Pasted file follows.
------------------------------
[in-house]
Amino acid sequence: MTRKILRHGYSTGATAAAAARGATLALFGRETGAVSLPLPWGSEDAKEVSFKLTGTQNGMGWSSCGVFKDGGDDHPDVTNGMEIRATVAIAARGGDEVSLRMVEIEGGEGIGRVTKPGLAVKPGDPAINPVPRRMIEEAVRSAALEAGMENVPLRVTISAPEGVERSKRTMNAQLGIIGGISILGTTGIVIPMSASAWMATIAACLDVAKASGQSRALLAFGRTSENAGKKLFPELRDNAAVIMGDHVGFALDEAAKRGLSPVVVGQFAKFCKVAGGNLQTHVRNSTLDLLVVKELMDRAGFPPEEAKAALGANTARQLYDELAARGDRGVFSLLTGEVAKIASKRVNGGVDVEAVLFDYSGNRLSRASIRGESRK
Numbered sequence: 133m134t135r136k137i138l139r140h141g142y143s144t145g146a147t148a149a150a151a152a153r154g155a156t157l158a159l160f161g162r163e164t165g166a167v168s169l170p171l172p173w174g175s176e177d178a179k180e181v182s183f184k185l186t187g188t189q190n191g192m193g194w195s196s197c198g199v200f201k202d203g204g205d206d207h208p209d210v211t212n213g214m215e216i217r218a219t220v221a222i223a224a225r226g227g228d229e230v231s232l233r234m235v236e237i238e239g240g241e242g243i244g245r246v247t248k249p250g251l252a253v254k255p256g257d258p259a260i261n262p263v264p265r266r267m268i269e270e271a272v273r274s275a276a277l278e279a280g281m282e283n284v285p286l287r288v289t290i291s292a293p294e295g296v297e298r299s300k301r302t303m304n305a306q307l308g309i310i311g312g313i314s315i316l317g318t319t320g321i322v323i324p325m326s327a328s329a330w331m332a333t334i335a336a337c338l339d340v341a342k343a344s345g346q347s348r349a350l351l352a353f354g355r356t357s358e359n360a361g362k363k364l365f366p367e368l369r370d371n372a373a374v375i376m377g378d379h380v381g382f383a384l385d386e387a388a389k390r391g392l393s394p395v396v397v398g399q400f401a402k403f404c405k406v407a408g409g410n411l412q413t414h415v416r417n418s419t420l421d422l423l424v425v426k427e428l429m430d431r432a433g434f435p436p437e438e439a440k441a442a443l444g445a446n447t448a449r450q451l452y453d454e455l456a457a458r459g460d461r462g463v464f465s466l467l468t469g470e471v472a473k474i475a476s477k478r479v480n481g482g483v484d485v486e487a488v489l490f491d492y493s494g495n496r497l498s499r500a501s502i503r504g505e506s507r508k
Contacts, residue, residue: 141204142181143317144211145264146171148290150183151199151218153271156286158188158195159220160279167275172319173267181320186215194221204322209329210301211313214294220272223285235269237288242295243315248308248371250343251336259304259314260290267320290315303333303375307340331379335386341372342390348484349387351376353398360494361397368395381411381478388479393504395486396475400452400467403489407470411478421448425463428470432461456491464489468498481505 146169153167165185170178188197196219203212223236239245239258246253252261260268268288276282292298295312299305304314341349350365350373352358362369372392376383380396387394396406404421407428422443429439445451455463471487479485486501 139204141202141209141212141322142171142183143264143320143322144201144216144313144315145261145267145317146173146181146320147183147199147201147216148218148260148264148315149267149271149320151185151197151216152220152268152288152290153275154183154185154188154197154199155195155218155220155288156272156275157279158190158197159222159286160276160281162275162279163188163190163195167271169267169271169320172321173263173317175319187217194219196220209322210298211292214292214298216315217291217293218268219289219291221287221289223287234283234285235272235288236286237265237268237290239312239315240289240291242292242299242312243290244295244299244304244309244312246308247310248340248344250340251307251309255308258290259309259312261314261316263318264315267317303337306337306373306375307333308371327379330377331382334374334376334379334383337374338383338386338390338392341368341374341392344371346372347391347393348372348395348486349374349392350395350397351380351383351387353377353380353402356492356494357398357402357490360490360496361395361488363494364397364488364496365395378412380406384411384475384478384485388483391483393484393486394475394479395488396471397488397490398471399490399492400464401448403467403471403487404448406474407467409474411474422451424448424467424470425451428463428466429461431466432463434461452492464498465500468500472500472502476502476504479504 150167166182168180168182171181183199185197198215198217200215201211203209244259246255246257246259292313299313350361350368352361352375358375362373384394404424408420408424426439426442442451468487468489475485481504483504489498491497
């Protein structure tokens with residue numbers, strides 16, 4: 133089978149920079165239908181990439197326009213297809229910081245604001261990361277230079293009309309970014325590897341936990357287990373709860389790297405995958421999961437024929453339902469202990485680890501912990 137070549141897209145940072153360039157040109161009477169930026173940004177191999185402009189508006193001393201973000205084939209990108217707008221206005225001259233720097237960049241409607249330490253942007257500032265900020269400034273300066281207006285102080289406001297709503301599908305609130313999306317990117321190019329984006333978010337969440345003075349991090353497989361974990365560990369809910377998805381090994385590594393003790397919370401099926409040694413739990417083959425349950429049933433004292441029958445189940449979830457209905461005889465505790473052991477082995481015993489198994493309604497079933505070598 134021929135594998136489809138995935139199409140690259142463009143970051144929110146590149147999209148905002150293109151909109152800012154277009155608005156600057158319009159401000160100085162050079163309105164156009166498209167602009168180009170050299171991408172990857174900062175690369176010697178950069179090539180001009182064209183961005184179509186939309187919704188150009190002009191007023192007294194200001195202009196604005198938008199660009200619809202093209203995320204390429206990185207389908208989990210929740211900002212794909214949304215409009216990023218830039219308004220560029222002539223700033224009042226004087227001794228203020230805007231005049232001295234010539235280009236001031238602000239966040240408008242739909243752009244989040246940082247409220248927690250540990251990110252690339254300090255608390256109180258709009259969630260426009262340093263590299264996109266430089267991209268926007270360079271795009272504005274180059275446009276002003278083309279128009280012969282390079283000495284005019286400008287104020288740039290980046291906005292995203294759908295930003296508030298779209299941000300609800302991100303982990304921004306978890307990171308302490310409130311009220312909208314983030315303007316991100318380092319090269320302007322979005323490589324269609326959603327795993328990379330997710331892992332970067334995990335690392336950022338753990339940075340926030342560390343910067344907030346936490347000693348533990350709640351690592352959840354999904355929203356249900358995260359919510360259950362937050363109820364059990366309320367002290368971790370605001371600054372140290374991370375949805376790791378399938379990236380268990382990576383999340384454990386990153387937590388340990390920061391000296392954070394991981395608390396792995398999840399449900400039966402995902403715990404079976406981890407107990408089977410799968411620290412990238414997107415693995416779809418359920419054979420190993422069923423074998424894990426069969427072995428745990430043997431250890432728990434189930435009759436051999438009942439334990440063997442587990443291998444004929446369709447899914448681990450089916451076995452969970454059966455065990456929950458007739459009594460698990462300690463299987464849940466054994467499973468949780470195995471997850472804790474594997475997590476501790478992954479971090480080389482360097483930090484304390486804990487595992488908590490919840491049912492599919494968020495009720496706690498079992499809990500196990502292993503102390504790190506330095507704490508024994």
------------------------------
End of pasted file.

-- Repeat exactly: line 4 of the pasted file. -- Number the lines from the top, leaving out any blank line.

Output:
Contacts, residue, residue: 141204142181143317144211145264146171148290150183151199151218153271156286158188158195159220160279167275172319173267181320186215194221204322209329210301211313214294220272223285235269237288242295243315248308248371250343251336259304259314260290267320290315303333303375307340331379335386341372342390348484349387351376353398360494361397368395381411381478388479393504395486396475400452400467403489407470411478421448425463428470432461456491464489468498481505 146169153167165185170178188197196219203212223236239245239258246253252261260268268288276282292298295312299305304314341349350365350373352358362369372392376383380396387394396406404421407428422443429439445451455463471487479485486501 139204141202141209141212141322142171142183143264143320143322144201144216144313144315145261145267145317146173146181146320147183147199147201147216148218148260148264148315149267149271149320151185151197151216152220152268152288152290153275154183154185154188154197154199155195155218155220155288156272156275157279158190158197159222159286160276160281162275162279163188163190163195167271169267169271169320172321173263173317175319187217194219196220209322210298211292214292214298216315217291217293218268219289219291221287221289223287234283234285235272235288236286237265237268237290239312239315240289240291242292242299242312243290244295244299244304244309244312246308247310248340248344250340251307251309255308258290259309259312261314261316263318264315267317303337306337306373306375307333308371327379330377331382334374334376334379334383337374338383338386338390338392341368341374341392344371346372347391347393348372348395348486349374349392350395350397351380351383351387353377353380353402356492356494357398357402357490360490360496361395361488363494364397364488364496365395378412380406384411384475384478384485388483391483393484393486394475394479395488396471397488397490398471399490399492400464401448403467403471403487404448406474407467409474411474422451424448424467424470425451428463428466429461431466432463434461452492464498465500468500472500472502476502476504479504 150167166182168180168182171181183199185197198215198217200215201211203209244259246255246257246259292313299313350361350368352361352375358375362373384394404424408420408424426439426442442451468487468489475485481504483504489498491497